United States District Court, S.D. Illinois
MEMORANDUM AND ORDER
GILBERT, District Judge
Troy Smith, an inmate in Centralia Correctional Center,
brings this action for deprivations of his constitutional
rights pursuant to 42 U.S.C. § 1983 relating to
Plaintiff's alleged overdose on prescribed Lithium. (Doc.
1). This case is now before the Court for a preliminary
review of the First Amended Complaint pursuant to 28 U.S.C.
§ 1915A, which provides:
(a) Screening - The court shall review,
before docketing, if feasible or, in any event, as soon as
practicable after docketing, a complaint in a civil action in
which a prisoner seeks redress from a governmental entity or
officer or employee of a governmental entity.
(b) Grounds for Dismissal - On review, the
court shall identify cognizable claims or dismiss the
complaint, or any portion of the complaint, if the complaint-
(1) is frivolous, malicious, or fails to state a claim on
which relief may be granted; or
(2) seeks monetary relief from a defendant who is immune from
action or claim is frivolous if “it lacks an arguable
basis either in law or in fact.” Neitzke v.
Williams, 490 U.S. 319, 325 (1989). Frivolousness is an
objective standard that refers to a claim that any reasonable
person would find meritless. Lee v. Clinton, 209
F.3d 1025, 1026-27 (7th Cir. 2000). An action fails to state
a claim upon which relief can be granted if it does not plead
“enough facts to state a claim to relief that is
plausible on its face.” Bell Atlantic Corp. v.
Twombly, 550 U.S. 544, 570 (2007). The claim of
entitlement to relief must cross “the line between
possibility and plausibility.” Id. at 557. At
this juncture, the factual allegations of the pro se
complaint are to be liberally construed. See Rodriguez v.
Plymouth Ambulance Serv., 577 F.3d 816, 821 (7th Cir.
careful review of the First Amended Complaint and any
supporting exhibits, the Court will allow this case to
proceed past the threshold stage.
First Amended Complaint
First Amended Complaint (Doc. 15), Plaintiff makes the
following allegations: Plaintiff has been diagnosed with
Schizophrenia. He met with Defendant Singh for psychotherapy
related to his mental health, during which time Singh
prescribed him with “high critical levels of Lithium
valued at 2.4 (HH), when the average range is 0.6-1.2
mmol/L.” (Doc. 15, p. 3). As he continued to be given
toxic levels of Lithium, “his health began to
deteriorate and he eventually overdosed, leading him to be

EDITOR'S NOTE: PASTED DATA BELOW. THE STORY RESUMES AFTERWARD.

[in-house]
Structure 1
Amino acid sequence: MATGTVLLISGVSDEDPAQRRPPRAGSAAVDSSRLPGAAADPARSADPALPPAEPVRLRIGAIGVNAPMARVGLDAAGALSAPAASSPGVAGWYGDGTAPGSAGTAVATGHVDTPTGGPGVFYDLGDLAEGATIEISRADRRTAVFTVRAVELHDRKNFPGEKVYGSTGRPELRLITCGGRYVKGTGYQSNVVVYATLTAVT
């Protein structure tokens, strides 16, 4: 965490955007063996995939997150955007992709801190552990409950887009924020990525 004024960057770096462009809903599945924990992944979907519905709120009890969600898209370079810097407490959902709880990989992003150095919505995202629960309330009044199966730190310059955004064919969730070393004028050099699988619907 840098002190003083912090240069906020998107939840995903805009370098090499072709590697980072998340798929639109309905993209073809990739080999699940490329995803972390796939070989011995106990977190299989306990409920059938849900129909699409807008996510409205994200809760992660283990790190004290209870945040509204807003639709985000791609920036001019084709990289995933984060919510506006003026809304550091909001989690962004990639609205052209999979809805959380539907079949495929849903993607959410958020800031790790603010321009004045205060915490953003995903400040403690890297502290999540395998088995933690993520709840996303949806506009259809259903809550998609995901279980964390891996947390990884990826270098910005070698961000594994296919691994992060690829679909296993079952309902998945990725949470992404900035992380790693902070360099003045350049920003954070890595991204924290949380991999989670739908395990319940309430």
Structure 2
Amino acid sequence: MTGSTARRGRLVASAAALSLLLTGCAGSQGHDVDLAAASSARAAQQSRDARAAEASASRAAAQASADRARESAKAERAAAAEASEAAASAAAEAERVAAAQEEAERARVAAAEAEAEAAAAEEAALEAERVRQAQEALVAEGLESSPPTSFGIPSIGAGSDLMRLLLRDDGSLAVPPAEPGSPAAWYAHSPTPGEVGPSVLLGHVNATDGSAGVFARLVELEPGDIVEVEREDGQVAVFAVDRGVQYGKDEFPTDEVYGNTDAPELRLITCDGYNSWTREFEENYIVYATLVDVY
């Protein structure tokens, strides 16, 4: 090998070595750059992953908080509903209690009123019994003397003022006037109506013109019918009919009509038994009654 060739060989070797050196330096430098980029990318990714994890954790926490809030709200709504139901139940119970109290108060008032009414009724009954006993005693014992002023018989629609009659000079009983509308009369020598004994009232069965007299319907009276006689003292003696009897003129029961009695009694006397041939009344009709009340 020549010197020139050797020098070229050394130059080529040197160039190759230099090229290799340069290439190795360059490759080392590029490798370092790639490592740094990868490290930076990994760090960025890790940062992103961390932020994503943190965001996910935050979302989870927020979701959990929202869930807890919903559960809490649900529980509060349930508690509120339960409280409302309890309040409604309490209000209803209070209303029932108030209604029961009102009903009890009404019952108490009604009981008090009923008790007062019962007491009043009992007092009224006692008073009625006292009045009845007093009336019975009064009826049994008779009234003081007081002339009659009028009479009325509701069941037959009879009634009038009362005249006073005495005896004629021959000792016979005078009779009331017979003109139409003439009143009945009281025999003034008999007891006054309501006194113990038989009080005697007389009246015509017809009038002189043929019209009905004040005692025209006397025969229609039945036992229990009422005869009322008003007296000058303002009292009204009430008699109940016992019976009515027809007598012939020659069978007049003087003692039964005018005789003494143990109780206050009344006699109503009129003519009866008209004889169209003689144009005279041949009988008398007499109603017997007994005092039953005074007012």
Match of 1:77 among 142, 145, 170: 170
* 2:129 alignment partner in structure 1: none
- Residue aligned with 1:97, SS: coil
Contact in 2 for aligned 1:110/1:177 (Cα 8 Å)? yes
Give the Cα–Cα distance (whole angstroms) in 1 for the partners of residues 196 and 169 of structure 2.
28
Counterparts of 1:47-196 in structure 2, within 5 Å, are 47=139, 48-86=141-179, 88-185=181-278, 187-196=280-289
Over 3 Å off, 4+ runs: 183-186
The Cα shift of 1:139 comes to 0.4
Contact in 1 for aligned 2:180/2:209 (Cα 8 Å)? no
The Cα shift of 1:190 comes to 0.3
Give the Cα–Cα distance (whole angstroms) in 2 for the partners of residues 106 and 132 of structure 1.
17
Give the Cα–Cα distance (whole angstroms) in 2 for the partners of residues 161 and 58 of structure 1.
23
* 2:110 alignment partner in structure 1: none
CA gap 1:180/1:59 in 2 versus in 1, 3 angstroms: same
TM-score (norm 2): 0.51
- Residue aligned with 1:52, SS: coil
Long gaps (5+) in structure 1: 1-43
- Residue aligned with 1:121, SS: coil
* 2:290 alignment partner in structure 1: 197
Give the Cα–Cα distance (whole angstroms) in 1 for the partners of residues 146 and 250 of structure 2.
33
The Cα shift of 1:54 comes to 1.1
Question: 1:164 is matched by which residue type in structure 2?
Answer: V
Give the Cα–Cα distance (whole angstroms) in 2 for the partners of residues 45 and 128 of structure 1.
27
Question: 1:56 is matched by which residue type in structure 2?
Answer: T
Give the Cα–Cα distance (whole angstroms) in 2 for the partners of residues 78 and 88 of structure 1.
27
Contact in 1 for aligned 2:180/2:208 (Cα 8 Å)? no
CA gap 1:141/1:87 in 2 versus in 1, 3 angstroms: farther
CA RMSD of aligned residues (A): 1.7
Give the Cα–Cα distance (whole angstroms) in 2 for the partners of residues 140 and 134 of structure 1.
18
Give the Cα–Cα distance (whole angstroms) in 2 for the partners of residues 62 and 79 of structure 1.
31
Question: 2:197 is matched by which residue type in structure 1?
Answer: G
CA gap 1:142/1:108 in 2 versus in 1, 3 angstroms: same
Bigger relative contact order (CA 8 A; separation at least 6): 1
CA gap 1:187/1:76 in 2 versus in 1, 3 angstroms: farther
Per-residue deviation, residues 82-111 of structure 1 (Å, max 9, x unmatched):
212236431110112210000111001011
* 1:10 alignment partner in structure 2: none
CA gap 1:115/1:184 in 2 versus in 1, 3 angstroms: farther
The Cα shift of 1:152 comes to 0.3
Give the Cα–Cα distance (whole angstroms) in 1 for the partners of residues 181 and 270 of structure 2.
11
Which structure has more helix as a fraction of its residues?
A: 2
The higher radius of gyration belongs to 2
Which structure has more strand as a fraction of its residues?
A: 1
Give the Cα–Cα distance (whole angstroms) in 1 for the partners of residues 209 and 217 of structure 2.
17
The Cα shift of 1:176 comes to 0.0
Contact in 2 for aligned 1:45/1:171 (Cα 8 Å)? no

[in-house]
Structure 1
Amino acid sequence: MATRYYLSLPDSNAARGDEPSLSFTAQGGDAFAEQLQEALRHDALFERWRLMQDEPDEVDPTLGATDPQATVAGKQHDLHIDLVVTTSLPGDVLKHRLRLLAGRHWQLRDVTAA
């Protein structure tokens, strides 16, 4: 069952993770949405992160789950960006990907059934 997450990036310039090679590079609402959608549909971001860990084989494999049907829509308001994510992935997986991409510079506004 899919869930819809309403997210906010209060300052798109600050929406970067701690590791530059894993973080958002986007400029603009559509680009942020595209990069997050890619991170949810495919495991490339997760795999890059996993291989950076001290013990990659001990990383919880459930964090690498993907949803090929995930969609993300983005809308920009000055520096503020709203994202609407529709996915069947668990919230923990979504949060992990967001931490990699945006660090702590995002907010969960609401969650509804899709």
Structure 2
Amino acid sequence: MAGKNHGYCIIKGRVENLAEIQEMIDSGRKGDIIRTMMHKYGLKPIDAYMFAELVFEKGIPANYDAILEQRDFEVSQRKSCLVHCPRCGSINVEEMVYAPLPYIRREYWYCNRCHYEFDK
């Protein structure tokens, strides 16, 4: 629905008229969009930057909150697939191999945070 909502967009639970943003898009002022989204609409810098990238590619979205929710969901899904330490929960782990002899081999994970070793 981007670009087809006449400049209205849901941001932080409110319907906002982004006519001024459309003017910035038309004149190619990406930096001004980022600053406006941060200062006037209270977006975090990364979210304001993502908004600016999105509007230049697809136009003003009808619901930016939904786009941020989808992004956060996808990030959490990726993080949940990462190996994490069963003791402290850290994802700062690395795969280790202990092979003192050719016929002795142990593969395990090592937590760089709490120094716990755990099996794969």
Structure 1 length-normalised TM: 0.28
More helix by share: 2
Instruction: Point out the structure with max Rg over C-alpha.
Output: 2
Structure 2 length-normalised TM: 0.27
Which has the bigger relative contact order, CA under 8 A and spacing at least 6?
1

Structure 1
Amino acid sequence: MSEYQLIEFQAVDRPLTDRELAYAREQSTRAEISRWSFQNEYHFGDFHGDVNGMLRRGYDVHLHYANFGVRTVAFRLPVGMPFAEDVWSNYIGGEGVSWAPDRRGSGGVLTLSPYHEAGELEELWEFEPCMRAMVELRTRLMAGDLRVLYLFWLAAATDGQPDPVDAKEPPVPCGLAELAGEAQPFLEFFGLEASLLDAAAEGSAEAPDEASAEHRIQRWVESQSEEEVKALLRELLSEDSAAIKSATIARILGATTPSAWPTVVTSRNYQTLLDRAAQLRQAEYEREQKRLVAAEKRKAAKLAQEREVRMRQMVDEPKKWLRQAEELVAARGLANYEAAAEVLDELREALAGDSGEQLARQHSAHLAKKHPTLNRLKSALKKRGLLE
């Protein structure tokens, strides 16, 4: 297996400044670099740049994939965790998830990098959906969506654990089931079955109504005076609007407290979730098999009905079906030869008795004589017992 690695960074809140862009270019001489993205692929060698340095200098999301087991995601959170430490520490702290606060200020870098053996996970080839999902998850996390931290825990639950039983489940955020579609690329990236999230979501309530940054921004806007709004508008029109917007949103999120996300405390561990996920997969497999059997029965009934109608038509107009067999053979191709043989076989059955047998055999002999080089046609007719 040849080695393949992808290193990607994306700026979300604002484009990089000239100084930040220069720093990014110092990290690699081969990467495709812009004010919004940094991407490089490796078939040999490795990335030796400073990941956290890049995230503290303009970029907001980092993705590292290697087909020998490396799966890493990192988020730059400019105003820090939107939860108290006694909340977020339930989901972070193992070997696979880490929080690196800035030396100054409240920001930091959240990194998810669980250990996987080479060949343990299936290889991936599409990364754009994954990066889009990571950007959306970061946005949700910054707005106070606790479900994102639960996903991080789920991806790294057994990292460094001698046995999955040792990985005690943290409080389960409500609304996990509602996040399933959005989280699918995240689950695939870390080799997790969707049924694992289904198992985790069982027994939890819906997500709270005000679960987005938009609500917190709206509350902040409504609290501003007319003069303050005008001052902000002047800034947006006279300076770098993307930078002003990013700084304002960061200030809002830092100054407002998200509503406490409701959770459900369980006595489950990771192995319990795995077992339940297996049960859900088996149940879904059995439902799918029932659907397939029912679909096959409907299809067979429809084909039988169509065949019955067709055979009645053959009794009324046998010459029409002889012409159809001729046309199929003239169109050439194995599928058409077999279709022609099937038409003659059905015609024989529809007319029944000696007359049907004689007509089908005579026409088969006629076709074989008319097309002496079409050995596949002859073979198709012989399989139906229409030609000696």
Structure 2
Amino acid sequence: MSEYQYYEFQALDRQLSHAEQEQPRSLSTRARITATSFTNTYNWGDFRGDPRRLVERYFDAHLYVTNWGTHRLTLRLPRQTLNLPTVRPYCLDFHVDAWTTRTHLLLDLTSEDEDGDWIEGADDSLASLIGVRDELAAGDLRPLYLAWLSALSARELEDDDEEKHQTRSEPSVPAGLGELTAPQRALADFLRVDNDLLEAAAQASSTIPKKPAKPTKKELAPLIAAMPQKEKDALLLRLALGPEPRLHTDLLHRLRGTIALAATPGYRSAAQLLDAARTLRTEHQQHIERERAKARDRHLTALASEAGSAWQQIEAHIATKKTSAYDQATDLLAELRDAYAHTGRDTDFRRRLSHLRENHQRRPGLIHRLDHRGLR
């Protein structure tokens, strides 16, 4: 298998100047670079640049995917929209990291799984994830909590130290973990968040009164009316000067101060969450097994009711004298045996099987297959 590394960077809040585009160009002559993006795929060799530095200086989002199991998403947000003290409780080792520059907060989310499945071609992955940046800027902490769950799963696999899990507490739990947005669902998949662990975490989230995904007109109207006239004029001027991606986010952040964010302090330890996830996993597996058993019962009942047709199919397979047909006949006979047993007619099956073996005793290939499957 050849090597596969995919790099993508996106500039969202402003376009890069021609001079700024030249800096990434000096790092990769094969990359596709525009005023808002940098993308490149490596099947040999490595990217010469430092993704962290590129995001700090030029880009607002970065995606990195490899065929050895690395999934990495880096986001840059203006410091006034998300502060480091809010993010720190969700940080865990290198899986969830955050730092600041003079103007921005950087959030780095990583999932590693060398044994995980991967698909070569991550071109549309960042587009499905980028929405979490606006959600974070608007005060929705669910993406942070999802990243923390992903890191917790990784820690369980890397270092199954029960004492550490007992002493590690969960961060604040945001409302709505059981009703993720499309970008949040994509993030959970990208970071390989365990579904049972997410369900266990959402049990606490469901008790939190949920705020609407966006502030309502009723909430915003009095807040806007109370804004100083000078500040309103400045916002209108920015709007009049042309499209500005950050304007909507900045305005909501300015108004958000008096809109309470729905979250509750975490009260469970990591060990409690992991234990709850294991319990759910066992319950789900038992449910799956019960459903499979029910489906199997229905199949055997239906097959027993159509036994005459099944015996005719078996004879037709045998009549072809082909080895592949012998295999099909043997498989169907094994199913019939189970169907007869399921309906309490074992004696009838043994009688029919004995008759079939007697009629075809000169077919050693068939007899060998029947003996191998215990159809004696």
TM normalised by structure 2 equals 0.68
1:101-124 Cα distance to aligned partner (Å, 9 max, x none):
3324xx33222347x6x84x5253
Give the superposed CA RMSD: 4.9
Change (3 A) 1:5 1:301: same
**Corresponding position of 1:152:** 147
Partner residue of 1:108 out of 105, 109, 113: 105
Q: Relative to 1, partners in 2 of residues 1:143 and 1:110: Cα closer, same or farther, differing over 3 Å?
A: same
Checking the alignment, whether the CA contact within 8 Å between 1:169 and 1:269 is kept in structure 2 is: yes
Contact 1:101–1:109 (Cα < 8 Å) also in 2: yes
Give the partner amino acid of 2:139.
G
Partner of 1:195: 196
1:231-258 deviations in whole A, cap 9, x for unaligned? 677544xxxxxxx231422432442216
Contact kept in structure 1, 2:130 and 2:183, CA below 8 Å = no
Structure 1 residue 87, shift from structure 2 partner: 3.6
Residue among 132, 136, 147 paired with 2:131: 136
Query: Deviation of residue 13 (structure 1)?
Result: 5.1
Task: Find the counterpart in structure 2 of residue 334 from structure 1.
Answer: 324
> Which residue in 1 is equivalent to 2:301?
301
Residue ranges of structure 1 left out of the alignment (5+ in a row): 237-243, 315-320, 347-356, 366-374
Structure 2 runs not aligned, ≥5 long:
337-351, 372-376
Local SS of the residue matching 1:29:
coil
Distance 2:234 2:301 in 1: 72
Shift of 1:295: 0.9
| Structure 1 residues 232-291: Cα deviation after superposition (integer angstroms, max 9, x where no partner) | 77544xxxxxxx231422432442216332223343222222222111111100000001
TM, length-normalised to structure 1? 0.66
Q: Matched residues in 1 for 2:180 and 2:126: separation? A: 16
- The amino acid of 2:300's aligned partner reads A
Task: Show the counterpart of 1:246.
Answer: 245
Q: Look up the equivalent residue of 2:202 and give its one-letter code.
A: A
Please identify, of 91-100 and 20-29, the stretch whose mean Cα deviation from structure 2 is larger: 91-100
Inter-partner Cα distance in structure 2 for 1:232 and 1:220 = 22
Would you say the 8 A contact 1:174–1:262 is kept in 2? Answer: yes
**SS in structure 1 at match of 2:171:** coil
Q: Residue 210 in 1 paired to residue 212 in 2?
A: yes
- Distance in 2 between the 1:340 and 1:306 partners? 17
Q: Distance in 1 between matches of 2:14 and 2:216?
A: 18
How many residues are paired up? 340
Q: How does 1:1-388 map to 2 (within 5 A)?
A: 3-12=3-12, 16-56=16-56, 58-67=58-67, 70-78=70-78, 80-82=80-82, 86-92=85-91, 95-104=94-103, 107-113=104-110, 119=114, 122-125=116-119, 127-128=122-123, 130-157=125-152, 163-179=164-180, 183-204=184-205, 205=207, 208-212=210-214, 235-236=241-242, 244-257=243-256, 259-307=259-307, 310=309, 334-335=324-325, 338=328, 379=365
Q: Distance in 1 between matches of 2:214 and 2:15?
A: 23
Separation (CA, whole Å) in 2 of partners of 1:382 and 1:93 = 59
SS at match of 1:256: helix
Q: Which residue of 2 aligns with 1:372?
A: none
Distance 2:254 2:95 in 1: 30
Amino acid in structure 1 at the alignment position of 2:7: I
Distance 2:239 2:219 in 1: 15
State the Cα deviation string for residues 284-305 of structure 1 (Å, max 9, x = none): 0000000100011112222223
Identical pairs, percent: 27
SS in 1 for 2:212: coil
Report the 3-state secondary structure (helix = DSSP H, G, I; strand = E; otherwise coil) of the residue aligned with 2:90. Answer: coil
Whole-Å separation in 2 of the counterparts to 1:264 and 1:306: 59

transported to an outside hospital.” Id. The
medical staff at SSM St. Mary's Hospital “concluded
that Plaintiff was being administered high critical levels of
Lithium.” Id. Plaintiff's medical
condition was exasperated by Singh's negligence, which
unnecessarily prolonged his deterioration, “as he
suffered memory loss, walked hunched over, lost cognitive
skills, constant hand shivering, pain, and an inability to
feed himself and read and write.” (Doc. 15, p. 4).
Plaintiff still suffers from these symptoms. Id.
point, Plaintiff was assigned to a new psychiatrist,
Defendant Rodos. Id. Rodos did not notify the
medical staff at Centralia that Plaintiff was being
administered high levels of Lithium. Id. Instead, he
continued to allow the medical staff to administer Plaintiff
critical levels of Lithium as his health deteriorated.
Id. Like Singh, Rodos' negligence exasperated
Plaintiff's medical condition. Id.
Santos was the Medical Director at Centralia during the
relevant time. (Doc. 15, p. 5). Plaintiff frequently met with
Santos while he was being administered Lithium. Id.
“Outside of the obvious side effects of the Lithium,
i.e., constant shivering, walking with a lean, loss of
cognitive skills, the Plaintiff informed Defendant Santos he
was losing his memory and was unable to feed himself.”
Id. Despite being notified of these issues, Santos
never ordered a blood test, nor did he stop Plaintiff from
being administered the Lithium, which could have prevented
the overdose. Id. Similar to Singh and Rodos,
Stantos' negligence exasperated Plaintiff's medical
Medical Sources, Inc. (“Wexford”) is contracted
by the Illinois Department of Corrections
(“IDOC”) to provide health services to its
prisoners. (Doc. 15, p. 6). Defendants Krebs and Knebel are
“responsible for discharging its duties.”
Id. Krebs is the Health Care Administrator at
Centralia and Knebel is the director of nurses. (Doc. 15, p.
2). “Defendants Wexford, Krebs, and Knebel are
responsible for the lack of medical/mental health staffing
and resources at Centralia C.C., which threatened serious
harm to Plaintiff and invited medical error.” (Doc. 15,
p. 6). Prior to his overdose, Plaintiff spoke with Krebs and
Knebel about his condition and was told to “‘put
in for sick call' and see the doctor.” Id.
“Krebs and Knebel failed to act in response to
Plaintiff's obvious identified deterioration of health,
which later led to his overdose.” Id. Though
Plaintiff alleges that Wexford, Krebs, and Knebel
“maintained an unconstitutional policy or custom that
prevented Plaintiff from avoidable harm, ” given the
allegations in the First Amended Complaint, it is evident
that Plaintiff intended to allege that these defendants
maintained a policy that failed to protect Plaintiff from
avoidable harm. (Doc. 15, p. 10). Like the other defendants,
Wexford, Krebs, and Knebel's negligence exasperated
Plaintiff's medical condition. (Doc. 15, p. 7).
John/Jane Doe were responsible for administering the high
critical levels of Lithium to Plaintiff. Id.
“Despite disturbing changes to the Plaintiff's
health these defendants continued to administer the
medication to him every day, often laughing and mocking the
changes in his condition.” Id. None of these
defendants expressed concern to their supervisors about